Educational Readings March 22nd

Educational Readings

By Allan Alach

Another week, ho hum. Easter break coming up so I hope all teachers are planning for a ‘no school’ weekend!  I will help out by not compiling a readings list for next week!

The bright spot on the New Zealand education horizon has been the speeches by Labour spokesperson for education, Chris Hipkins. As you’ll see by this  and this he is very much heading in the right direction.

I welcome suggested articles, so if you come across a gem, email it to me at

This week’s homework!

Bill Gates’ classroom of the future

One of life’s great mysteries is why a man who made his fortune by through buying another company’s software (e.g. MS-DOS) or ‘borrowing’ ideas from Apple (Windows) is now seen as an educational expert.

“Being there physically doesn’t add much value…”

Why Students Learn Better in a Playful Environment

Learning, creativity, and problem solving are facilitated by anything that promotes a playful state of mind.

To help cleanse your mind of the rubbish from Gates, this article is written by someone who knows what he is talking about.

Contemporary Teaching Practice in the Era [Error] of NOPLAN

Australian Derek Hedgcock wrote this article for The Treehorn Express. While it’s focussed, on the first instance, on Australia, there is so much of value for all teachers, and is a very powerful rebutting of the Gates’ led nonsense about ‘teaching.’ If you only have time to read one article from this week’s listing, this is THE ONE.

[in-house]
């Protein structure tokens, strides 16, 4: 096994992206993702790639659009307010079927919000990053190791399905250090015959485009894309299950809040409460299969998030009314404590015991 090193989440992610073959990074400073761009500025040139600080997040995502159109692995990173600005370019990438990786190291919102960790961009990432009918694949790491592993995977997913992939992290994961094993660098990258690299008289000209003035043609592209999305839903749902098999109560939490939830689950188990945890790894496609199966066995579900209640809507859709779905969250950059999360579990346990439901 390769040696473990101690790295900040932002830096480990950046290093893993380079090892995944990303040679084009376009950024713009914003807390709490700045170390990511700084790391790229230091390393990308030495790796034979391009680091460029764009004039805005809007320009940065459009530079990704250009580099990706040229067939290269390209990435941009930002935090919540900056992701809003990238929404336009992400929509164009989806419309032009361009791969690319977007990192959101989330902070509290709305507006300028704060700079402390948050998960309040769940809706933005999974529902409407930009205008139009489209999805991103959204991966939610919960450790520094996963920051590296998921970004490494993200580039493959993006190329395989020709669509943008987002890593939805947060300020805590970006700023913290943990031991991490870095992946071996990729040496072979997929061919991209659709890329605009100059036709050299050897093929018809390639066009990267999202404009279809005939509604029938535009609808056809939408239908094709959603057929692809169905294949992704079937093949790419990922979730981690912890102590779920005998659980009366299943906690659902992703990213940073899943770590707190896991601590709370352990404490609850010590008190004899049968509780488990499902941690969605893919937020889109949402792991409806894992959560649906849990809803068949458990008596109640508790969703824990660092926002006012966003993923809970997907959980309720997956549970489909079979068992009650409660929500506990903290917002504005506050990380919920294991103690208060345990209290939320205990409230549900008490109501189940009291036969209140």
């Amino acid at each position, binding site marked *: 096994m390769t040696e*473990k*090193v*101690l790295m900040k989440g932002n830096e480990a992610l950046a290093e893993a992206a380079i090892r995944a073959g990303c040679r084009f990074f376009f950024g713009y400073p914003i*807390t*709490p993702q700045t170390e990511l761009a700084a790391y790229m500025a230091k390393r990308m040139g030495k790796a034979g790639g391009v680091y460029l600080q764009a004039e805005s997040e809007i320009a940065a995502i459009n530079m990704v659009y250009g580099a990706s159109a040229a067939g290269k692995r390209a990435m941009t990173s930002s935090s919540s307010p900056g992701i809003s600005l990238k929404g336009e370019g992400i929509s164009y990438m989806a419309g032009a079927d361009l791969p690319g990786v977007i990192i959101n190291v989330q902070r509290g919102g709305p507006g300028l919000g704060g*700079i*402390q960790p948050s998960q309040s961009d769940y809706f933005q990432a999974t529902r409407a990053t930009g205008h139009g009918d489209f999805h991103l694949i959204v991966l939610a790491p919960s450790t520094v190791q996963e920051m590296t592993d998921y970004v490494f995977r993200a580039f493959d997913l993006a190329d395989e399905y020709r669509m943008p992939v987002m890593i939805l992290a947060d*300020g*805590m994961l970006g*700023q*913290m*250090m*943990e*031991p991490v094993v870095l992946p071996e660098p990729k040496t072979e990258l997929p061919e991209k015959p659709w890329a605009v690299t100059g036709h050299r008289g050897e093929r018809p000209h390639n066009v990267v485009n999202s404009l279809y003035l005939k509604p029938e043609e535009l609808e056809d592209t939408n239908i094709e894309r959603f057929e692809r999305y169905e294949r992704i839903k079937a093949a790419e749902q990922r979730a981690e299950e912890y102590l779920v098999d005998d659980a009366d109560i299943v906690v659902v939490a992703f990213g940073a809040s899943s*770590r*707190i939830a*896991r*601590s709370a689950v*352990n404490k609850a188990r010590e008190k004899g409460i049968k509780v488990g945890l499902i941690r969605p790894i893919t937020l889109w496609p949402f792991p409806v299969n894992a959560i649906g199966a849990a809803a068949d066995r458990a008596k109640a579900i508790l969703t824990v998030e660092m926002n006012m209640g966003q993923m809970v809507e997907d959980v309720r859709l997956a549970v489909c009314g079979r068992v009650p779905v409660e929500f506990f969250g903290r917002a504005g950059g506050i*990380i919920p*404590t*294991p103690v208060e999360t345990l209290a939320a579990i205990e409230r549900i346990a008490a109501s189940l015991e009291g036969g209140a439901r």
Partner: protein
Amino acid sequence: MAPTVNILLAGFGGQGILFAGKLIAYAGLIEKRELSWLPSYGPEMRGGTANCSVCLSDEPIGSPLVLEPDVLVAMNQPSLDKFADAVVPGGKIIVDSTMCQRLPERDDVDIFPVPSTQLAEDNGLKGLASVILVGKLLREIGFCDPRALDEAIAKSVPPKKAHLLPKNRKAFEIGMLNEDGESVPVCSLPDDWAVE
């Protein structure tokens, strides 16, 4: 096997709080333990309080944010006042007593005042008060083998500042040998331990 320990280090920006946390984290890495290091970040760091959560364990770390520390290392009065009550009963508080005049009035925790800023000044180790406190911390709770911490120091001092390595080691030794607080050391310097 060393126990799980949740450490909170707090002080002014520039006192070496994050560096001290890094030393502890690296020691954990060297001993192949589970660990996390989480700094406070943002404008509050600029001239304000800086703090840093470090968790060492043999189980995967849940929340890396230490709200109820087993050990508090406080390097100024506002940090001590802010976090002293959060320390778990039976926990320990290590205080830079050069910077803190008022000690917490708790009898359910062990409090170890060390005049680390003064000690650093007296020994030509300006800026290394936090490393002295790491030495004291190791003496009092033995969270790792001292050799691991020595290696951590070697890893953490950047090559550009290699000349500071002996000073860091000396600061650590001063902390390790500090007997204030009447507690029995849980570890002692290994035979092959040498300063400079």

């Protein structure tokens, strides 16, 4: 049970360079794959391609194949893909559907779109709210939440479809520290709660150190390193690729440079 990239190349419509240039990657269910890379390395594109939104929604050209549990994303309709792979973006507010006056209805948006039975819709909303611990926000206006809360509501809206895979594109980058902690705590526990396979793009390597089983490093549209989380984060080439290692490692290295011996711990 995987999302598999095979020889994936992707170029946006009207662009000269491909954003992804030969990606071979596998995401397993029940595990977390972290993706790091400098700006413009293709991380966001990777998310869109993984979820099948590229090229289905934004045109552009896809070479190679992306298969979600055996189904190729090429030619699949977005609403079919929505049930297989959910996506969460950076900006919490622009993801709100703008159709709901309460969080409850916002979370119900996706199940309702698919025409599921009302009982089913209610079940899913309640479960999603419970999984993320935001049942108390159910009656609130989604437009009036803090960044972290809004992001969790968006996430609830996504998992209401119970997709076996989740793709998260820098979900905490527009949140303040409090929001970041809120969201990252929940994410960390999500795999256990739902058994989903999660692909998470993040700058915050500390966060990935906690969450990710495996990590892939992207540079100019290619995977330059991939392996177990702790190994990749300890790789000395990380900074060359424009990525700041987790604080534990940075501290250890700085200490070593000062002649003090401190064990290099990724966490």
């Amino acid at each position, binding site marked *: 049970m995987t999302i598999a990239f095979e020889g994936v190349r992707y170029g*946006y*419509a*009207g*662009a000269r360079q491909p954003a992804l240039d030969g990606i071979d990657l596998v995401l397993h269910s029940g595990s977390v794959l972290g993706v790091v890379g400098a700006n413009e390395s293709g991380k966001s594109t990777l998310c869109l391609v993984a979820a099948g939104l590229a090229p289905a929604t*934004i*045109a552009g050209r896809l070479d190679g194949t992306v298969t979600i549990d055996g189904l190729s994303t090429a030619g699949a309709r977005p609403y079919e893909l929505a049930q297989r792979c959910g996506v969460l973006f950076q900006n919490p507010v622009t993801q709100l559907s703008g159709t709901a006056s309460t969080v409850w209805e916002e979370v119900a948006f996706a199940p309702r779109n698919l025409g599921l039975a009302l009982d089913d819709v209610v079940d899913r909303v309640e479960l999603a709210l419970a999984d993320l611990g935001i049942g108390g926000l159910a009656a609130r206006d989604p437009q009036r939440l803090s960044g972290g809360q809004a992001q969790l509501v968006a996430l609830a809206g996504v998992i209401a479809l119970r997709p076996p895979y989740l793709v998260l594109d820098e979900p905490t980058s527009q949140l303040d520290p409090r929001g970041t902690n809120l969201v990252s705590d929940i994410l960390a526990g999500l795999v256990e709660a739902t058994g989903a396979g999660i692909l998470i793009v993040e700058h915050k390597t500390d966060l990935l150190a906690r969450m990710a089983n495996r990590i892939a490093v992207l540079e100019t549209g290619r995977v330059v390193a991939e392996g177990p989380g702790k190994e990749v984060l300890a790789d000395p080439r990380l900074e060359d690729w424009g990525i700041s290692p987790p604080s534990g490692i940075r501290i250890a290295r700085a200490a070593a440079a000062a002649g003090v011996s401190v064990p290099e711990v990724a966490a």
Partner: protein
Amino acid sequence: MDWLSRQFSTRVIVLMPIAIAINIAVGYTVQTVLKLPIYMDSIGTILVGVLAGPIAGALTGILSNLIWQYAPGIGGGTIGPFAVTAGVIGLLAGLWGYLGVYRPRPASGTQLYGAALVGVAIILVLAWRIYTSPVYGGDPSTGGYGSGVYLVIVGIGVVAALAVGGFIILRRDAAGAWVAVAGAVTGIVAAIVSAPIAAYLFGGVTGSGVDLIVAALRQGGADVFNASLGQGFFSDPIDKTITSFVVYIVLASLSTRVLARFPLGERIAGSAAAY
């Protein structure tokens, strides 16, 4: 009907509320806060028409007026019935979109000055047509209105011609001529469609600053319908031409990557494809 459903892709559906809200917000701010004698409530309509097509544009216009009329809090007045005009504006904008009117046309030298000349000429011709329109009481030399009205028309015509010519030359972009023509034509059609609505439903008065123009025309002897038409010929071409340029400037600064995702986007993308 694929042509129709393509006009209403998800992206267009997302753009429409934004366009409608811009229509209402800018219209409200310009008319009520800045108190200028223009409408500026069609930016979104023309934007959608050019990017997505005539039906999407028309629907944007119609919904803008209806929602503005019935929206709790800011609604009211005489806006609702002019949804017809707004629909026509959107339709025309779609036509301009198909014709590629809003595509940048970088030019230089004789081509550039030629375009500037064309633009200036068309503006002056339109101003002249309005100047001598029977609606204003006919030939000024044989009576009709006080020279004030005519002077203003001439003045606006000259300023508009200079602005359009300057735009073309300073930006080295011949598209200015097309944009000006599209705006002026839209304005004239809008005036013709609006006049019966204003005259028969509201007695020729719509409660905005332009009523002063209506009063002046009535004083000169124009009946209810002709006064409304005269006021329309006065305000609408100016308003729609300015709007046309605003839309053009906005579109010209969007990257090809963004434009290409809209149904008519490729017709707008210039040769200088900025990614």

The Exhaustion of the American Teacher

And the Australian teacher and the New Zealand teacher and the English teacher…. some home truths here that all teachers will relate to; however good luck in trying to get politicians to accept these!

The problem finders (via Bruce Hammonds)

‘ICOT 2013 keynote speaker Ewan McIntosh explains the thinking processes used by many creative professionals and how these can create dynamic and deeper thinking that will better equip students for their future.’

This is an excellent video to watch – set aside an hour or so, and enjoy.

There Are No Best Practices (via Bruce)

One particularly tiresome piece of jargon is ‘best practices.’  When you really ponder on this, you’ll realise it’s as empty as ‘raising achievement,’ ‘school effectiveness’ and so on. Suggestion – every time you catch yourself using these kind of phrases, consider them to see what they mean, if anything and ask yourself why you’re using them?

Heads Up, America! Your Schools Are in Danger (via Bruce)

Another chance to play ‘spot the similarities.’ As most of the GERM agenda comes from USA, we all need to pay close attention to events there, as we can be sure that variations will arrive in our backyard before too long.

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